Alberta murder trial hears testimony from undercover Mountie known as Mr. Big - 660 NEWS
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Alberta murder trial hears testimony from undercover Mountie known as Mr. Big

Last Updated Nov 17, 2017 at 10:40 pm MST

RED DEER, Alta. – “Mr. Big” took the stand Friday at the trial of two central Alberta men accused of killing three members of a family.

Jason Klaus and Joshua Frank are each charged with three counts of first-degree murder in the 2013 deaths of Gordon, Sandra and Monica Klaus.

An undercover Mountie who posed as an organized crime boss known as Mr. Big testified how RCMP staged a sting operation in the hope of getting Klaus to confess to killing his own family.

The court has heard that Klaus eventually admitted that he helped plan their deaths, but said it was Frank who shot them before burning the farmhouse they were in to the ground.

The officer testified that he told Klaus that he had a dying uncle who was willing to take the fall for the murders to get Frank off the hook. But before doing so he needed to have all of the details regarding what took place.

Klaus then arranged a meeting between Mr. Big and Frank, which took place in a parking lot at a mall near Calgary on July 19, 2014.

In a taped conversation that was played in court, Frank told the undercover Mountie how he went about shooting each of the three family members twice in the head. He then said he shot the family’s dog and lit the house on fire.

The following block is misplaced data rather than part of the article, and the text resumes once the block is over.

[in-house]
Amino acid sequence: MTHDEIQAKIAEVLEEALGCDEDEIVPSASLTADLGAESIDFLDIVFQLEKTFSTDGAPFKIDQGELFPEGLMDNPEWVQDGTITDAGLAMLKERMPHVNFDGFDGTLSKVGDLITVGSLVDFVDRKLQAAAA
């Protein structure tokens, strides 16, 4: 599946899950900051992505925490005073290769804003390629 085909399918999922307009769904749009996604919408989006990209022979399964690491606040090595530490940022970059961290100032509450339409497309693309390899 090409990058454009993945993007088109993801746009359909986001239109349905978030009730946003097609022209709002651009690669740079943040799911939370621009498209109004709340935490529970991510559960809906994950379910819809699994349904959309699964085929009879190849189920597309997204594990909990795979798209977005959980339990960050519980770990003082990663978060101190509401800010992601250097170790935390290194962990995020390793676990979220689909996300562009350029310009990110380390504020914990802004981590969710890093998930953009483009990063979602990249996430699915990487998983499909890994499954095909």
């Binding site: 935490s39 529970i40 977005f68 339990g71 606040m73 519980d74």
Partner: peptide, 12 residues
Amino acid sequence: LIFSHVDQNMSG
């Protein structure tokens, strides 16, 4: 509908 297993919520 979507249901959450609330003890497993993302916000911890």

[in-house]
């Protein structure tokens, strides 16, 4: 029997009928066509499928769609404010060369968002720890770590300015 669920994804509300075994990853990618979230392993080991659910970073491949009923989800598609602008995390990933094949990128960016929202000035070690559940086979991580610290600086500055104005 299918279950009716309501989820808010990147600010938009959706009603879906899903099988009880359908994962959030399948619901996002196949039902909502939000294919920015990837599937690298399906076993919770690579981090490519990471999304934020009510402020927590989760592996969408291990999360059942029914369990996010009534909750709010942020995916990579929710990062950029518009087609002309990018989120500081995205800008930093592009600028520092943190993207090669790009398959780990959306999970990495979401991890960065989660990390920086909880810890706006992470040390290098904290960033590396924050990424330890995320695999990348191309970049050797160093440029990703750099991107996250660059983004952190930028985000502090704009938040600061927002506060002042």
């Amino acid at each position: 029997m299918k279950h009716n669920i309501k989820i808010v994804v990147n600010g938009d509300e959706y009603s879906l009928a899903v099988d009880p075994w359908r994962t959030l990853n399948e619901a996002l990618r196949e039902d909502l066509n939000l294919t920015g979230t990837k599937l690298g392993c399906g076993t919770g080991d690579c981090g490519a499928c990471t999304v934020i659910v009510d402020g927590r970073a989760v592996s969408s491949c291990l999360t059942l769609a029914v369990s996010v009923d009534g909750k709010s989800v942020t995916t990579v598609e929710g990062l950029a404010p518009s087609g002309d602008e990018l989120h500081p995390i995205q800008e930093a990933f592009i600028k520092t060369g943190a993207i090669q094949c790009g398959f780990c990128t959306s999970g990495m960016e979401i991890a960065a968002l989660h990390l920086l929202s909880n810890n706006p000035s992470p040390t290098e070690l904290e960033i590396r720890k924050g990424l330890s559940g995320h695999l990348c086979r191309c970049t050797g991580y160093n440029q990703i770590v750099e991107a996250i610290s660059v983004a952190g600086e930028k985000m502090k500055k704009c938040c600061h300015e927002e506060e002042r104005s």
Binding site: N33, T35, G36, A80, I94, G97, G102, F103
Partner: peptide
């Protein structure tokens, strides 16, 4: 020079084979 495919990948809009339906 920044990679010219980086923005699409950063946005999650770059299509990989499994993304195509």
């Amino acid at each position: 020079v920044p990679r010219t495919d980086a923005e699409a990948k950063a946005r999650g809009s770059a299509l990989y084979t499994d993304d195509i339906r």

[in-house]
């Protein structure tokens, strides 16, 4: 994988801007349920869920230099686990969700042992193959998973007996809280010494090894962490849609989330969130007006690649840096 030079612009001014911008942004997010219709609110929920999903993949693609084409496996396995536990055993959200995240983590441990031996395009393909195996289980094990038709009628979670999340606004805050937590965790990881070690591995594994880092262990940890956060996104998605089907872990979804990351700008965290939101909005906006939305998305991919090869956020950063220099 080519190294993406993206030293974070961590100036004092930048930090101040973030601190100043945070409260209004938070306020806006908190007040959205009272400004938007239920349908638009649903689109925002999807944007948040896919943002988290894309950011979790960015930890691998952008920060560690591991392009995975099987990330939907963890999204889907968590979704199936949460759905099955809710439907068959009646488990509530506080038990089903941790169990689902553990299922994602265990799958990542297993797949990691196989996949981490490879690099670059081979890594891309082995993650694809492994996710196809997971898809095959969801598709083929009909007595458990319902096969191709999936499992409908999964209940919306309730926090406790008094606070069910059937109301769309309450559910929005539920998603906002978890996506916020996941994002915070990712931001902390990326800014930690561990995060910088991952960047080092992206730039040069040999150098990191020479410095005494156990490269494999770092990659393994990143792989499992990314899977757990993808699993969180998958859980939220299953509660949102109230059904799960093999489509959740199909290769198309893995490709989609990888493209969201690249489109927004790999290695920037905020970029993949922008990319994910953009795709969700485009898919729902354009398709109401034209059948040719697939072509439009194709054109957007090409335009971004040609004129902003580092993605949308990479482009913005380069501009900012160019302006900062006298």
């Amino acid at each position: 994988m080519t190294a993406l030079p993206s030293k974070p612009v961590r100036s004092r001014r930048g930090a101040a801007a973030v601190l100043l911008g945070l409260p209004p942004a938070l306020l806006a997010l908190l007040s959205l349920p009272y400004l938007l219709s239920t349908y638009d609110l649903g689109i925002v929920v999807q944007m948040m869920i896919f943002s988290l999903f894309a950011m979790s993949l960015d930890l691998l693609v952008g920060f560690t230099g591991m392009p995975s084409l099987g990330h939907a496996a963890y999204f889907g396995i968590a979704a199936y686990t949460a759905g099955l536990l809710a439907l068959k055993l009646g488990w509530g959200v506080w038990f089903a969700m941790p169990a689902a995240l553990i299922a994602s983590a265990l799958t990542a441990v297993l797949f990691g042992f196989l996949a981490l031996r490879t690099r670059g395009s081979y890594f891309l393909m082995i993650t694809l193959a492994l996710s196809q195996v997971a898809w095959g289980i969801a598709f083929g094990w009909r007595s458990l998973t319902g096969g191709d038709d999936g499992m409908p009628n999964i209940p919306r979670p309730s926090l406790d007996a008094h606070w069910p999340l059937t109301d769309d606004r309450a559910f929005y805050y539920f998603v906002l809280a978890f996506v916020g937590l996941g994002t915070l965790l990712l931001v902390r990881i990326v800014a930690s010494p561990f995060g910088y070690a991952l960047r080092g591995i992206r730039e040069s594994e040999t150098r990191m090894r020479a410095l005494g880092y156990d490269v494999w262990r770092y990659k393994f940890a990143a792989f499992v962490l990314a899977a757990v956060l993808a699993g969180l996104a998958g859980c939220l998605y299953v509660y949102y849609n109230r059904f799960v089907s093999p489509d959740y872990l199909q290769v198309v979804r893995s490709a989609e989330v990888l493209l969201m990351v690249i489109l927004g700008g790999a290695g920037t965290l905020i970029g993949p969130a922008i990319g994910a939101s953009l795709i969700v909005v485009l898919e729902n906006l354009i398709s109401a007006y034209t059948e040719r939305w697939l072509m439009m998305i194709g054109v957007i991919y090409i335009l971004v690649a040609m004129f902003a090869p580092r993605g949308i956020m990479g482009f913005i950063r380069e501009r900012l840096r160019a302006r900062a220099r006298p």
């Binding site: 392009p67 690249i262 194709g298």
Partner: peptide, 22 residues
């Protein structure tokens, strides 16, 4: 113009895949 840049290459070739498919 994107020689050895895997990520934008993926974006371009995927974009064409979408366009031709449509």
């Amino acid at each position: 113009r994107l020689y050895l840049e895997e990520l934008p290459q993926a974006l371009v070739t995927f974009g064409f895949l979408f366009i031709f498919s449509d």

Frank also told Mr. Big where he threw the keys to Monica Klaus’s pickup truck after disposing of it following the shootings.

He then took Mr. Big and other RCMP officers who were posing as crime organization members to the area of the Battle River where he threw the pistol he had used and some clothing into the water.

A video of their visit to the area was also played in court on Friday.

“Would it be safe to say you’re a stone-cold killer?” Mr. Big asked.

“I guess,” Frank replied.

Mr. Big also asked “What made you talk freely like this?”

“If it helps J(ason), it helps me.”

The Mounties involved in the sting can’t be named under a court-ordered publication ban.

Justice Eric Macklin, who is hearing the case without a jury, is to determine if the evidence is admissible.

The trial is to resume in Red Deer Court of Queen’s Bench on Monday.